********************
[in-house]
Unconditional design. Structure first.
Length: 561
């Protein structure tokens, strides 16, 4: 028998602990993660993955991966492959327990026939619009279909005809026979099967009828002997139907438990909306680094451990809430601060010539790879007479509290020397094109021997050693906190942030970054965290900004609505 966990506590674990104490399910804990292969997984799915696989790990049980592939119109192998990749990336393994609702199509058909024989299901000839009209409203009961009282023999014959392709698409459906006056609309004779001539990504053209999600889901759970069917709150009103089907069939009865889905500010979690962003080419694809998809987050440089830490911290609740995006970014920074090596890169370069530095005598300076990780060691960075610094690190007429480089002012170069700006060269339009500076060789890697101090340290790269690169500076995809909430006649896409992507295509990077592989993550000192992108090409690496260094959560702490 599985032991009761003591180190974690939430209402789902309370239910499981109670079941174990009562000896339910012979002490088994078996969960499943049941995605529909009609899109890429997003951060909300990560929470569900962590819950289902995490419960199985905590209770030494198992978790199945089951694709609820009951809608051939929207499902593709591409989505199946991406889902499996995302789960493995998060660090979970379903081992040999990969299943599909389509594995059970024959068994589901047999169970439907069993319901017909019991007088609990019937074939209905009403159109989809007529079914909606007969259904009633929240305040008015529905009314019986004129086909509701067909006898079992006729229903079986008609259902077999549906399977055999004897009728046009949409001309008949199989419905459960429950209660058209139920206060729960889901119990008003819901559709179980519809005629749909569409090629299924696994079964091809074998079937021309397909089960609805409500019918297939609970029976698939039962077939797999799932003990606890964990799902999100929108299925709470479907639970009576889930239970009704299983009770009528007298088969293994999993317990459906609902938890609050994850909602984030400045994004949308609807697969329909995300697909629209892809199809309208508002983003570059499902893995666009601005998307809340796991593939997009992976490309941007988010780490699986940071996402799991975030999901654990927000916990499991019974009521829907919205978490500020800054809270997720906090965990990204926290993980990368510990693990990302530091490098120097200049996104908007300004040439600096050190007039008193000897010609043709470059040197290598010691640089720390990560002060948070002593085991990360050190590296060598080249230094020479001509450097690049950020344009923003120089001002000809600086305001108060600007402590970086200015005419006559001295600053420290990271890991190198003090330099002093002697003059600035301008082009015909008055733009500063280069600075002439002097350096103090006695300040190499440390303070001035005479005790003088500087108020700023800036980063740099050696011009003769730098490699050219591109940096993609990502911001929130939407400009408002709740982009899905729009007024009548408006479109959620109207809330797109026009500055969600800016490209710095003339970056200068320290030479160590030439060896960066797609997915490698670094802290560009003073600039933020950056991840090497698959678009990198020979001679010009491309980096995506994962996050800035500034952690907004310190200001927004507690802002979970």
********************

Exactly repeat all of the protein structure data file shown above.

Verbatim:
[in-house]
Unconditional design. Structure first.
Length: 561
């Protein structure tokens, strides 16, 4: 028998602990993660993955991966492959327990026939619009279909005809026979099967009828002997139907438990909306680094451990809430601060010539790879007479509290020397094109021997050693906190942030970054965290900004609505 966990506590674990104490399910804990292969997984799915696989790990049980592939119109192998990749990336393994609702199509058909024989299901000839009209409203009961009282023999014959392709698409459906006056609309004779001539990504053209999600889901759970069917709150009103089907069939009865889905500010979690962003080419694809998809987050440089830490911290609740995006970014920074090596890169370069530095005598300076990780060691960075610094690190007429480089002012170069700006060269339009500076060789890697101090340290790269690169500076995809909430006649896409992507295509990077592989993550000192992108090409690496260094959560702490 599985032991009761003591180190974690939430209402789902309370239910499981109670079941174990009562000896339910012979002490088994078996969960499943049941995605529909009609899109890429997003951060909300990560929470569900962590819950289902995490419960199985905590209770030494198992978790199945089951694709609820009951809608051939929207499902593709591409989505199946991406889902499996995302789960493995998060660090979970379903081992040999990969299943599909389509594995059970024959068994589901047999169970439907069993319901017909019991007088609990019937074939209905009403159109989809007529079914909606007969259904009633929240305040008015529905009314019986004129086909509701067909006898079992006729229903079986008609259902077999549906399977055999004897009728046009949409001309008949199989419905459960429950209660058209139920206060729960889901119990008003819901559709179980519809005629749909569409090629299924696994079964091809074998079937021309397909089960609805409500019918297939609970029976698939039962077939797999799932003990606890964990799902999100929108299925709470479907639970009576889930239970009704299983009770009528007298088969293994999993317990459906609902938890609050994850909602984030400045994004949308609807697969329909995300697909629209892809199809309208508002983003570059499902893995666009601005998307809340796991593939997009992976490309941007988010780490699986940071996402799991975030999901654990927000916990499991019974009521829907919205978490500020800054809270997720906090965990990204926290993980990368510990693990990302530091490098120097200049996104908007300004040439600096050190007039008193000897010609043709470059040197290598010691640089720390990560002060948070002593085991990360050190590296060598080249230094020479001509450097690049950020344009923003120089001002000809600086305001108060600007402590970086200015005419006559001295600053420290990271890991190198003090330099002093002697003059600035301008082009015909008055733009500063280069600075002439002097350096103090006695300040190499440390303070001035005479005790003088500087108020700023800036980063740099050696011009003769730098490699050219591109940096993609990502911001929130939407400009408002709740982009899905729009007024009548408006479109959620109207809330797109026009500055969600800016490209710095003339970056200068320290030479160590030439060896960066797609997915490698670094802290560009003073600039933020950056991840090497698959678009990198020979001679010009491309980096995506994962996050800035500034952690907004310190200001927004507690802002979970």